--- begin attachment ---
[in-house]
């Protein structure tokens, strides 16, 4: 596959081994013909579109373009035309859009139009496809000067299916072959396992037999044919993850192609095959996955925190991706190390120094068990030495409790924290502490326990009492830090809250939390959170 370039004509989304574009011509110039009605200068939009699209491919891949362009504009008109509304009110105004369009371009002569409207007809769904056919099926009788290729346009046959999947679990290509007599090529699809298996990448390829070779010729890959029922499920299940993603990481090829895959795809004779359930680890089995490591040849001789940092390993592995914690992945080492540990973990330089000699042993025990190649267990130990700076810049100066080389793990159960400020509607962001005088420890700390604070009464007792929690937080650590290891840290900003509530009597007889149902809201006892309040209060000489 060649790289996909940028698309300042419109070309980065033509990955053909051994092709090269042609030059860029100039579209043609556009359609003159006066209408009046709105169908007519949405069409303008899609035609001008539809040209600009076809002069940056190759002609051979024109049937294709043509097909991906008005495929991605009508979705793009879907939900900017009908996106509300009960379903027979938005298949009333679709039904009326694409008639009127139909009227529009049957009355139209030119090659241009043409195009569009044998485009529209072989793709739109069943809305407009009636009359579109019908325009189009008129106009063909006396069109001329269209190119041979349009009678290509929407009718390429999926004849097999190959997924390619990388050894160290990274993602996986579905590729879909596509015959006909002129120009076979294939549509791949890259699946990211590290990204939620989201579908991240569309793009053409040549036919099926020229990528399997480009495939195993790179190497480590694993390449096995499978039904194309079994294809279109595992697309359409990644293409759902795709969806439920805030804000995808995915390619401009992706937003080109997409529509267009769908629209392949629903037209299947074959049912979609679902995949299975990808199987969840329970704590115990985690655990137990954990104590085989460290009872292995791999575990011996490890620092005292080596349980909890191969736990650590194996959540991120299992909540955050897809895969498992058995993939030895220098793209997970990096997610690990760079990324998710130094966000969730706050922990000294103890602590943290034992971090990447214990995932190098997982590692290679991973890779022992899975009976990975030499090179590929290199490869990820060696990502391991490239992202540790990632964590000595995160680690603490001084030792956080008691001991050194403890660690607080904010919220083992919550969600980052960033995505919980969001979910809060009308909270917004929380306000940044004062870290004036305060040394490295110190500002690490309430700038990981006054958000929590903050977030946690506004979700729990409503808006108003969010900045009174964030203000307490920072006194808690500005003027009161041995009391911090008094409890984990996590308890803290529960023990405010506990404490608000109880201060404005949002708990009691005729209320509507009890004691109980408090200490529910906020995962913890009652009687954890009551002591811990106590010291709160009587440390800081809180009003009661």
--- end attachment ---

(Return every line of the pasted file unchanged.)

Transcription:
[in-house]
């Protein structure tokens, strides 16, 4: 596959081994013909579109373009035309859009139009496809000067299916072959396992037999044919993850192609095959996955925190991706190390120094068990030495409790924290502490326990009492830090809250939390959170 370039004509989304574009011509110039009605200068939009699209491919891949362009504009008109509304009110105004369009371009002569409207007809769904056919099926009788290729346009046959999947679990290509007599090529699809298996990448390829070779010729890959029922499920299940993603990481090829895959795809004779359930680890089995490591040849001789940092390993592995914690992945080492540990973990330089000699042993025990190649267990130990700076810049100066080389793990159960400020509607962001005088420890700390604070009464007792929690937080650590290891840290900003509530009597007889149902809201006892309040209060000489 060649790289996909940028698309300042419109070309980065033509990955053909051994092709090269042609030059860029100039579209043609556009359609003159006066209408009046709105169908007519949405069409303008899609035609001008539809040209600009076809002069940056190759002609051979024109049937294709043509097909991906008005495929991605009508979705793009879907939900900017009908996106509300009960379903027979938005298949009333679709039904009326694409008639009127139909009227529009049957009355139209030119090659241009043409195009569009044998485009529209072989793709739109069943809305407009009636009359579109019908325009189009008129106009063909006396069109001329269209190119041979349009009678290509929407009718390429999926004849097999190959997924390619990388050894160290990274993602996986579905590729879909596509015959006909002129120009076979294939549509791949890259699946990211590290990204939620989201579908991240569309793009053409040549036919099926020229990528399997480009495939195993790179190497480590694993390449096995499978039904194309079994294809279109595992697309359409990644293409759902795709969806439920805030804000995808995915390619401009992706937003080109997409529509267009769908629209392949629903037209299947074959049912979609679902995949299975990808199987969840329970704590115990985690655990137990954990104590085989460290009872292995791999575990011996490890620092005292080596349980909890191969736990650590194996959540991120299992909540955050897809895969498992058995993939030895220098793209997970990096997610690990760079990324998710130094966000969730706050922990000294103890602590943290034992971090990447214990995932190098997982590692290679991973890779022992899975009976990975030499090179590929290199490869990820060696990502391991490239992202540790990632964590000595995160680690603490001084030792956080008691001991050194403890660690607080904010919220083992919550969600980052960033995505919980969001979910809060009308909270917004929380306000940044004062870290004036305060040394490295110190500002690490309430700038990981006054958000929590903050977030946690506004979700729990409503808006108003969010900045009174964030203000307490920072006194808690500005003027009161041995009391911090008094409890984990996590308890803290529960023990405010506990404490608000109880201060404005949002708990009691005729209320509507009890004691109980408090200490529910906020995962913890009652009687954890009551002591811990106590010291709160009587440390800081809180009003009661």